In November 2022, John McFall was selected by the ESA to become the first "parastronaut", recruiting him for their feasibility study.

The initial aims of the project are to investigate how parastronauts adapt to the environment of space, looking closely at the physiological changes experienced, whether some disabilities prove to make the parastronaut better suited to space, and how parastronauts can work with the current tools used in spacecraft. The latter consideration will work alongside investigations into how heavy spacecraft hardware could be adapted to be operated by parastronauts.

But while the initial goal is to make space travel and astronaut programmes more inclusive and better capture talented candidates that would otherwise be marginalised, the benefits aren’t just restricted to parastronauts on a space program.

Unfortunately, funding for these projects is extremely difficult because this work is considered too niche. Often people asked me: why are you doing this? I tend to respond: why not? Why has this not been done before?– Dr Irene Di Giulio, Lecturer in Anatomy and Biomechanics

The technical and scientific developments promised by this project could have far broader applications outside of the spacecraft. To give just one example, the Apollo missions generated many innovations that have surreptitiously benefited life on Earth including (but not limited to) spacesuits technology being incorporated as improvements to firefighting uniform, or the digital imaging processing technology now with a range of medical applications including MRI & CAT scans.

In a similar fashion, the researchers believe that the solutions towards problems experienced by parastronauts in space will have the potential benefits for life on Earth. As well innovations in hardware designed to accommodate parastronauts potentially benefit astronauts or people on Earth, there could be a range of unforeseen applications from the insights of physiological research.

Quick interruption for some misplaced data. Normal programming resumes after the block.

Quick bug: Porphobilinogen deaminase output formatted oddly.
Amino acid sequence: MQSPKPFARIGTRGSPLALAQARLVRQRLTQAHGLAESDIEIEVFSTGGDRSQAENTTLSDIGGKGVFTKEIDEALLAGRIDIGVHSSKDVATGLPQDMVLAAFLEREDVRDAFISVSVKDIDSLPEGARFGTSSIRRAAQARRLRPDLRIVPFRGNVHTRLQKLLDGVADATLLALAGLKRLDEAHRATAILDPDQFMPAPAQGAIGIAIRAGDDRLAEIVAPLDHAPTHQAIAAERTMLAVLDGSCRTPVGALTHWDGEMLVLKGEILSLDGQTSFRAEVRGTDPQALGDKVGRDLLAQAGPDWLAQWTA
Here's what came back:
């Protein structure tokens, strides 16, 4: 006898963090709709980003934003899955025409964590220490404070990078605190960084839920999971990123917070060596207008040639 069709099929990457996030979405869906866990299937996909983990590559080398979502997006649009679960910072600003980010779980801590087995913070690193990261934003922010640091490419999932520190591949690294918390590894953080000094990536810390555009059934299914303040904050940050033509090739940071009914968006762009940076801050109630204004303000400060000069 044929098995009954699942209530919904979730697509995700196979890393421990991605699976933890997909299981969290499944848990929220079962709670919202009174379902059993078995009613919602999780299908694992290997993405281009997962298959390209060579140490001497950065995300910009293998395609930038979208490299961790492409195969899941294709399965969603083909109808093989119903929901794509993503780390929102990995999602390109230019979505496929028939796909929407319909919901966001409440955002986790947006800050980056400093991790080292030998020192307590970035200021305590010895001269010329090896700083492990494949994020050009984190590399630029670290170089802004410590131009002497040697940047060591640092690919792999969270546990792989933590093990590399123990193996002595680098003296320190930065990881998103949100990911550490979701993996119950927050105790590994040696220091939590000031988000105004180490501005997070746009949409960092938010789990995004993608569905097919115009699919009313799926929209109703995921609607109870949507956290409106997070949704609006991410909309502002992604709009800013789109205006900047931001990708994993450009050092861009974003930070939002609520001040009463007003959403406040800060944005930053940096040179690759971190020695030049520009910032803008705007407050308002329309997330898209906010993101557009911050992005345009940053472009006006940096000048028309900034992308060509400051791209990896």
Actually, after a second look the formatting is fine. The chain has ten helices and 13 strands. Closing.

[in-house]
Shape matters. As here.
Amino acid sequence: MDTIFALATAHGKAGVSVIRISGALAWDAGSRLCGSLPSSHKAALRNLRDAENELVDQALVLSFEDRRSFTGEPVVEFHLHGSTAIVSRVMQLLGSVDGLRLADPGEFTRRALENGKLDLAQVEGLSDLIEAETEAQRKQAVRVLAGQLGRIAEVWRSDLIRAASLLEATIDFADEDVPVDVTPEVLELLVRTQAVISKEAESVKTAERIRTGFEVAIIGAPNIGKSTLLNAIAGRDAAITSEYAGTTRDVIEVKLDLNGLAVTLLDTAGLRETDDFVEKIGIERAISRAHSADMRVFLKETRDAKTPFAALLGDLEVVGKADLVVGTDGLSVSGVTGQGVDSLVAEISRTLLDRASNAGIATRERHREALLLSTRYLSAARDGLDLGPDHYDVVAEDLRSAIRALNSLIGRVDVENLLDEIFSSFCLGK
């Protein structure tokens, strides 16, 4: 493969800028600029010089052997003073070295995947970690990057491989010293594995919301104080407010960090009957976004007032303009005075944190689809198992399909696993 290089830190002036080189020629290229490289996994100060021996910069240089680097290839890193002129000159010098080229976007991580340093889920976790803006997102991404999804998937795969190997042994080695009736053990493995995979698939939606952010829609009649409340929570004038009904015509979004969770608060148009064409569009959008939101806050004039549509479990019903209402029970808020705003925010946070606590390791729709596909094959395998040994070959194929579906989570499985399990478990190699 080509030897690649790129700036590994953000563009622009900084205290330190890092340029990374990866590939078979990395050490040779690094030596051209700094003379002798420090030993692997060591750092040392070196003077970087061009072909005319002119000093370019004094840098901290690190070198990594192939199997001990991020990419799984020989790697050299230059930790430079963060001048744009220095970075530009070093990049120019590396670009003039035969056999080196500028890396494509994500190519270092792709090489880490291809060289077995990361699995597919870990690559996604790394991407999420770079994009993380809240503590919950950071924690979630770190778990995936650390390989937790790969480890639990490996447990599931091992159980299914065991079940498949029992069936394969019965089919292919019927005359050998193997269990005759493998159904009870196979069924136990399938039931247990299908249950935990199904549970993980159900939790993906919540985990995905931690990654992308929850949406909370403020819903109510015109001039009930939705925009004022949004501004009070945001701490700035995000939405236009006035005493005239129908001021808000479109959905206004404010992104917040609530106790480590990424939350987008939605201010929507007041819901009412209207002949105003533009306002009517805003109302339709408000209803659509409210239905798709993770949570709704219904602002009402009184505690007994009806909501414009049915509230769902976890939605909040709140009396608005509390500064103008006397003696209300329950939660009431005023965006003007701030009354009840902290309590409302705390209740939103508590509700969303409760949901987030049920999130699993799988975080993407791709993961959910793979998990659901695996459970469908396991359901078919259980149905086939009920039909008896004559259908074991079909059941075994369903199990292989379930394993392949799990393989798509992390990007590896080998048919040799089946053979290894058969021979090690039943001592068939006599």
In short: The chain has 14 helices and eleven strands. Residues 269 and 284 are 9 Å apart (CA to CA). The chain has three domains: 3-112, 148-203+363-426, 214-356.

It’s worth emphasising how the project is not just looking at how parastronauts will need support to overcome barriers. The researchers are also considering whether any disability proves beneficial or better suited to the environment of space than their colleagues.

This highlights the broader goal of the programme: to change how people think about disability. When you think about the concept of disability and fitness as how does an individual fit a particular context, you can develop a more holistic picture of the world. In this case, the benefits of bringing in talented parastronauts, better understanding how we all relate to space.

An estimated 1 in 5 people in the world live with a disability – these are people you work and live with in your lives. Asking how people who live with a disability are suited to the task as this project promises to not just create a better, more inclusive world for people living with a disability, but for everyone.

In this story

Irene Di Giulio

Lecturer